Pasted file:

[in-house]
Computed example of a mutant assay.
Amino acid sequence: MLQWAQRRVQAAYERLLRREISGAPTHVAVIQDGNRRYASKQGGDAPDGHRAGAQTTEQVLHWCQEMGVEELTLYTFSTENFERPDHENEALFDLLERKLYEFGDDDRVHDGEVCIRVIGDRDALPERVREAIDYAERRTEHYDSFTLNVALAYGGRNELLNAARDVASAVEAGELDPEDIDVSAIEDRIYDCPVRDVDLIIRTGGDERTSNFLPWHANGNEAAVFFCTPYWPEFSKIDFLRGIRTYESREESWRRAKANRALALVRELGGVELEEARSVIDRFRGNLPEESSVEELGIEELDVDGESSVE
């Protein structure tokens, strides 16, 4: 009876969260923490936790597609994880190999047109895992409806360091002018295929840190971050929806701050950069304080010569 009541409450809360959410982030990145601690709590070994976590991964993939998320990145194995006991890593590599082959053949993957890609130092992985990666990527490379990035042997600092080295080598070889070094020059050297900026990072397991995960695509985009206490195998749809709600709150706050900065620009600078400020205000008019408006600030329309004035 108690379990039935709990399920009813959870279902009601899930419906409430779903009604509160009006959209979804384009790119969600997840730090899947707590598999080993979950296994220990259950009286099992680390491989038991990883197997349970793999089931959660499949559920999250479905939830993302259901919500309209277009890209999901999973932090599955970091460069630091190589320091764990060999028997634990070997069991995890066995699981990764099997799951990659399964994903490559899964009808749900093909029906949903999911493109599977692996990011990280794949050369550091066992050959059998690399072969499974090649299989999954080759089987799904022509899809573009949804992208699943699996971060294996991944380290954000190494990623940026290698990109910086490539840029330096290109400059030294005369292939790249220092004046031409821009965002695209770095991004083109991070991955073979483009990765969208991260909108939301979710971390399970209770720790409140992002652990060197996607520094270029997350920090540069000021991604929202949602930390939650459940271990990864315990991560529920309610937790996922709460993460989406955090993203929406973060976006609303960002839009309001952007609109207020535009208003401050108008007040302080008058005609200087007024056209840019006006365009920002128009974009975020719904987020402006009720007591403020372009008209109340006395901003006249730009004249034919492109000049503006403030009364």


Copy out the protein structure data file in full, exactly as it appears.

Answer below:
[in-house]
Computed example of a mutant assay.
Amino acid sequence: MLQWAQRRVQAAYERLLRREISGAPTHVAVIQDGNRRYASKQGGDAPDGHRAGAQTTEQVLHWCQEMGVEELTLYTFSTENFERPDHENEALFDLLERKLYEFGDDDRVHDGEVCIRVIGDRDALPERVREAIDYAERRTEHYDSFTLNVALAYGGRNELLNAARDVASAVEAGELDPEDIDVSAIEDRIYDCPVRDVDLIIRTGGDERTSNFLPWHANGNEAAVFFCTPYWPEFSKIDFLRGIRTYESREESWRRAKANRALALVRELGGVELEEARSVIDRFRGNLPEESSVEELGIEELDVDGESSVE
């Protein structure tokens, strides 16, 4: 009876969260923490936790597609994880190999047109895992409806360091002018295929840190971050929806701050950069304080010569 009541409450809360959410982030990145601690709590070994976590991964993939998320990145194995006991890593590599082959053949993957890609130092992985990666990527490379990035042997600092080295080598070889070094020059050297900026990072397991995960695509985009206490195998749809709600709150706050900065620009600078400020205000008019408006600030329309004035 108690379990039935709990399920009813959870279902009601899930419906409430779903009604509160009006959209979804384009790119969600997840730090899947707590598999080993979950296994220990259950009286099992680390491989038991990883197997349970793999089931959660499949559920999250479905939830993302259901919500309209277009890209999901999973932090599955970091460069630091190589320091764990060999028997634990070997069991995890066995699981990764099997799951990659399964994903490559899964009808749900093909029906949903999911493109599977692996990011990280794949050369550091066992050959059998690399072969499974090649299989999954080759089987799904022509899809573009949804992208699943699996971060294996991944380290954000190494990623940026290698990109910086490539840029330096290109400059030294005369292939790249220092004046031409821009965002695209770095991004083109991070991955073979483009990765969208991260909108939301979710971390399970209770720790409140992002652990060197996607520094270029997350920090540069000021991604929202949602930390939650459940271990990864315990991560529920309610937790996922709460993460989406955090993203929406973060976006609303960002839009309001952007609109207020535009208003401050108008007040302080008058005609200087007024056209840019006006365009920002128009974009975020719904987020402006009720007591403020372009008209109340006395901003006249730009004249034919492109000049503006403030009364």